"I don't know what the prognosis is, and I don't know why it is hurting the way it is," Jones said. "But if it continues to affect me the way that it is, then I can't go out there and play nine innings."
While there may be a point where Jones must go on the disabled list, the Braves are prepared for the likelihood that he will not be able to play more than three consecutive games. This has been the case since he returned to the lineup on April 10, two weeks after undergoing surgery to repair torn meniscus in his left knee.
Jones grounded out in his five-pitch, pinch-hit appearance in the sixth inning of Saturday's game. While he was not forced to sprint down the line, he said the at-bat eliminated the relief that treatment brought him earlier in the day.
"Some days I wake up and it feels all right," Jones said. "But ever since [Friday] night in the seventh or eighth inning, it's been really, really bad. If I wake up and come in and have a minimal amount of fluid, and they can give me something for that joint pain, I'll play. But I would have had a hard time going out there tonight."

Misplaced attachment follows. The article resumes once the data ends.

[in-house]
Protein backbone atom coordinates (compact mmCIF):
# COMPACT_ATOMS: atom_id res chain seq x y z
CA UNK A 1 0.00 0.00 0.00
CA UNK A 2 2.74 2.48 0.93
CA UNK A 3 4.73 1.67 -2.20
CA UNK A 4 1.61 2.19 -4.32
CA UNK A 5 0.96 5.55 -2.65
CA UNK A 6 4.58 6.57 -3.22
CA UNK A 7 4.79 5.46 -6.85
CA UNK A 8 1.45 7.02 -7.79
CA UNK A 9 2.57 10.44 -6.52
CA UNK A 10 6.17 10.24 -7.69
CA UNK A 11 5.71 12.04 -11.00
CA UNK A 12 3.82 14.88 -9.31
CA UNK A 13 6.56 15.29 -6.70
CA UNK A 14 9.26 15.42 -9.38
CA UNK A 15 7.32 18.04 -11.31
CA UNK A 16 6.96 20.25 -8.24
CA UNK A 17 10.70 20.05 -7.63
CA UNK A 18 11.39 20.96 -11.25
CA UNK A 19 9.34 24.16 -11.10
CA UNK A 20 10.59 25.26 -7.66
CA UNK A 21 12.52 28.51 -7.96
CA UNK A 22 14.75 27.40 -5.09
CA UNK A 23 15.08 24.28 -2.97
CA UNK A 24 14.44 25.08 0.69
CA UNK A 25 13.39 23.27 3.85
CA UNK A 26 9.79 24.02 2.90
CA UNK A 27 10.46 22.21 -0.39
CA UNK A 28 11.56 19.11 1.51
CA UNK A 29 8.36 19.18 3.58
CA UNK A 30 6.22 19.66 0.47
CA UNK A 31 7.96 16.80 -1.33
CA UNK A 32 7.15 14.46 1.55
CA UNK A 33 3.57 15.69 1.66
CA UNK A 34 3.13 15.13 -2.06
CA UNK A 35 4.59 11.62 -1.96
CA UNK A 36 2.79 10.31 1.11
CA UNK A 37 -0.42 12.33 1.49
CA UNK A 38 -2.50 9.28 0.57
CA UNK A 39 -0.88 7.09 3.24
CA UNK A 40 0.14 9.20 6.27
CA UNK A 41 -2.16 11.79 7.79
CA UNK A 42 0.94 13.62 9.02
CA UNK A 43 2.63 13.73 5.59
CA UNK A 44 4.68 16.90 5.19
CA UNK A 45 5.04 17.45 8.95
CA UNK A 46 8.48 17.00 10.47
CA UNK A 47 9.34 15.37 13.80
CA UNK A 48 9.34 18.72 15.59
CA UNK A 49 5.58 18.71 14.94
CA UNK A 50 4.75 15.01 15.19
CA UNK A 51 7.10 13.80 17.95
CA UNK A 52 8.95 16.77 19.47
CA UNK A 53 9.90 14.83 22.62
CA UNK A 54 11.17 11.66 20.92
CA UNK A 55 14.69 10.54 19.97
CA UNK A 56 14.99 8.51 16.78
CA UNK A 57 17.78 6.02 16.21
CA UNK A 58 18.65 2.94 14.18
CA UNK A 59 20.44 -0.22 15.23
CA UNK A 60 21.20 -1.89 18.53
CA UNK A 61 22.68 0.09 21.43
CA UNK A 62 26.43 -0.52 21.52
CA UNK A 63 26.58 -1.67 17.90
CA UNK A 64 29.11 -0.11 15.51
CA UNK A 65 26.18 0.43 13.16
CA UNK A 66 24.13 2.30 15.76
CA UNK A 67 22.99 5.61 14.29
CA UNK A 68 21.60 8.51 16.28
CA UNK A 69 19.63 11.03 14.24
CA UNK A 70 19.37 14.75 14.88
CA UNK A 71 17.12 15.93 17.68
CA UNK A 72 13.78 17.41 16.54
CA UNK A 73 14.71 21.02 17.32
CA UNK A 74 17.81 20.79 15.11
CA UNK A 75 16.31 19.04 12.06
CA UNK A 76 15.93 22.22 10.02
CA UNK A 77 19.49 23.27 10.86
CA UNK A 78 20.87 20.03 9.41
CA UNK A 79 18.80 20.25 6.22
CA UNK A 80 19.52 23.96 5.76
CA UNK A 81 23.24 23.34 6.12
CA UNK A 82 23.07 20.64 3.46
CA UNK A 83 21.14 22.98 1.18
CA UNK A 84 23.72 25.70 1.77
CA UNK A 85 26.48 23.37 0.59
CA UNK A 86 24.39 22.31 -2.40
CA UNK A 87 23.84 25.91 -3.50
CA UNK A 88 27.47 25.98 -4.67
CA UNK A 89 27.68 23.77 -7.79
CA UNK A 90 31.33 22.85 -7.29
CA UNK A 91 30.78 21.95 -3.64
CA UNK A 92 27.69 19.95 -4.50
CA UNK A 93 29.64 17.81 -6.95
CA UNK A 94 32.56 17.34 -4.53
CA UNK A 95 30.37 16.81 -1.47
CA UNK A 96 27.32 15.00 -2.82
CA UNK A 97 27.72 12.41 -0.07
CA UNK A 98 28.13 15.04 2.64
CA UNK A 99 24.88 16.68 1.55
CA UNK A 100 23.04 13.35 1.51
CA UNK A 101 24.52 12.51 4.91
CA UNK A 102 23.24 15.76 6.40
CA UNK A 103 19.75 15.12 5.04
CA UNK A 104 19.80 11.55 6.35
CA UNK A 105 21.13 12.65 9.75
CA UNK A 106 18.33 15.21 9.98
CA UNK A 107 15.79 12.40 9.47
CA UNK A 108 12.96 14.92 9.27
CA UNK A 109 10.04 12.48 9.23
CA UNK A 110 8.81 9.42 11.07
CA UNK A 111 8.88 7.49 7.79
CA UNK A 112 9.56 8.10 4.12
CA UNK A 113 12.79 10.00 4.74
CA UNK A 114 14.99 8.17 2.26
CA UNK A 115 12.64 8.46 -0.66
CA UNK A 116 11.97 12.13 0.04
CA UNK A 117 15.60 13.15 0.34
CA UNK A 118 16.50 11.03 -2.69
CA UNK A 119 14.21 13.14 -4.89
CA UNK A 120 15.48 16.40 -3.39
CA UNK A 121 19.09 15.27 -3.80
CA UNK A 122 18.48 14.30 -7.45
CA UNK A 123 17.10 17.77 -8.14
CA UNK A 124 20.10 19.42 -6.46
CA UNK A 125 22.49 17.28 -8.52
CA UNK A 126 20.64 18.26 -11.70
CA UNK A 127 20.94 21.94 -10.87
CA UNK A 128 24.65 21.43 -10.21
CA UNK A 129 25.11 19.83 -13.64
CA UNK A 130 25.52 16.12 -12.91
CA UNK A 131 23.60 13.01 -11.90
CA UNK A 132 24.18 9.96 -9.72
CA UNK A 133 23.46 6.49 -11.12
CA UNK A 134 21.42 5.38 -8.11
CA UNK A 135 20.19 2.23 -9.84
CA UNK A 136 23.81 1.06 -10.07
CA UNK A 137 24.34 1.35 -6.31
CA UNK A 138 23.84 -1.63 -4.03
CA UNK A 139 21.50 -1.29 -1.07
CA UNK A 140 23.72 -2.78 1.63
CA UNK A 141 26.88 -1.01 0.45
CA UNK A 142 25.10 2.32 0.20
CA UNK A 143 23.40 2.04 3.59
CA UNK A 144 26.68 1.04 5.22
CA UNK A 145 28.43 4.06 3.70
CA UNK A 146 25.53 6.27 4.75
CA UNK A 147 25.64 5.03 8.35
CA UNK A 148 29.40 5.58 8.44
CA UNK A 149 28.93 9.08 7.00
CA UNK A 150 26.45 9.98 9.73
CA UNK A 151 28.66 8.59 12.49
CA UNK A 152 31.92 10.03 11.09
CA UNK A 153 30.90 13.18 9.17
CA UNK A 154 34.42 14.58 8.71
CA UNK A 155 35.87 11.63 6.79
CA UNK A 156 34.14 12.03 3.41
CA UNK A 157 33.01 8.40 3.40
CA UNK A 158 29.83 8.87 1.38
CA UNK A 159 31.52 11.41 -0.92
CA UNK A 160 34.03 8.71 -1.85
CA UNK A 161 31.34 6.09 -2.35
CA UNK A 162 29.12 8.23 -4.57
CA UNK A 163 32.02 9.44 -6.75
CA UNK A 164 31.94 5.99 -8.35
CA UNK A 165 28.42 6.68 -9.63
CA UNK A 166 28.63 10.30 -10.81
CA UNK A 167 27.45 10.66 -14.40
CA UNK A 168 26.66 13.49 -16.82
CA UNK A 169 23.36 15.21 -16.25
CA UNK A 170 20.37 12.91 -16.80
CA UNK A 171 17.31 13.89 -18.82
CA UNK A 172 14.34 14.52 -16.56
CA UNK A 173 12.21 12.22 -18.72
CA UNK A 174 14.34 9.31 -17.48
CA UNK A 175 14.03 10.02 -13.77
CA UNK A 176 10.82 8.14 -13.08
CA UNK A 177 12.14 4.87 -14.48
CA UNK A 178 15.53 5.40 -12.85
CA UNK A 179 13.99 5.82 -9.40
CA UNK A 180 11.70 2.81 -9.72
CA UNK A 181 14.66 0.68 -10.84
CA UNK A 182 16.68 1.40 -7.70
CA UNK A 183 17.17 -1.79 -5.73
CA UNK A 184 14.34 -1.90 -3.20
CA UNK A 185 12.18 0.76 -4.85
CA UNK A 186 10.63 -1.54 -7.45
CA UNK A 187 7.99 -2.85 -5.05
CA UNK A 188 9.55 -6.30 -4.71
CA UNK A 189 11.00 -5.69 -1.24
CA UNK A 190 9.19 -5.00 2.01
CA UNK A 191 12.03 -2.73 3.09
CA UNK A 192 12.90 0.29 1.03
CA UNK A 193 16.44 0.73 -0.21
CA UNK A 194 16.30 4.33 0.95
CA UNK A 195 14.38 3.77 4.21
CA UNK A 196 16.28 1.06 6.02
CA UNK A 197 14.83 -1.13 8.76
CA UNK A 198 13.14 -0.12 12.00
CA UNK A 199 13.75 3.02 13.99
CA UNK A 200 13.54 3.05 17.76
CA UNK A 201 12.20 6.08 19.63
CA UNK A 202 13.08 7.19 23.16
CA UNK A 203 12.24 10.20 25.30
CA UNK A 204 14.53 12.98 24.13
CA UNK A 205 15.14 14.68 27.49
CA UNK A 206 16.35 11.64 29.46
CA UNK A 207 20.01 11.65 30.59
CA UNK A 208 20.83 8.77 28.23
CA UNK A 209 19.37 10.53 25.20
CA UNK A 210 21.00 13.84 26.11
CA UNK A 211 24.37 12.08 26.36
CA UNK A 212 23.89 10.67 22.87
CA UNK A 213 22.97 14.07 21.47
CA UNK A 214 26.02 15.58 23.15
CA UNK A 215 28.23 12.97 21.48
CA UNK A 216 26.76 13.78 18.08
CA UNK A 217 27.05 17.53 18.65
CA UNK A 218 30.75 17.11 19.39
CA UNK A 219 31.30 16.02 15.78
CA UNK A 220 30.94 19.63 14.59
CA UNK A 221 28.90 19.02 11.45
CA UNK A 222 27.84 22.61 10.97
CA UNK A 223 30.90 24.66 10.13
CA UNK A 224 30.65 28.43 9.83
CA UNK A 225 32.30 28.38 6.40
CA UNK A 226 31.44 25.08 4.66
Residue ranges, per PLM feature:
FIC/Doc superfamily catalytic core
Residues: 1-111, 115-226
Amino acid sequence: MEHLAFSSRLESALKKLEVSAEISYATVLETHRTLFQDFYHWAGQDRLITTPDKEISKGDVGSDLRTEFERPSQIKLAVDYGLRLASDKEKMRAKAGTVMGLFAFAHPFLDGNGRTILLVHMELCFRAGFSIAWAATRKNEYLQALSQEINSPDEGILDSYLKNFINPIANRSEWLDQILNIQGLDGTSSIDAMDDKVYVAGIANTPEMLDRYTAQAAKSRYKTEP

Jones was not ready to rule out the possibility of being in the lineup on Sunday afternoon, when veteran Tim Hudson makes his season debut. To make room on the 25-man roster for Hudson, the Braves optioned right-hander Cory Gearrin to Triple-A Gwinnett.
Medlen's prowess at the plate impresses Braves
ATLANTA -- When right-hander Kris Medlen was making his way through the Minor Leagues, a high-ranking Braves official described him as a talented pitcher, "who probably thinks he is the best shortstop in our organization."
Guided by this quiet confidence, Medlen has found success in the Major Leagues as a starting pitcher, a relief pitcher and now an offensive threat. On the way to notching a three-inning save in Friday night's win over the Pirates, he began the bottom of the eighth with a line drive single to right field.
While addressing the media on Saturday afternoon, Braves manager Fredi Gonzalez explained Medlen's ritual before what was his first at-bat since Aug. 4, 2010.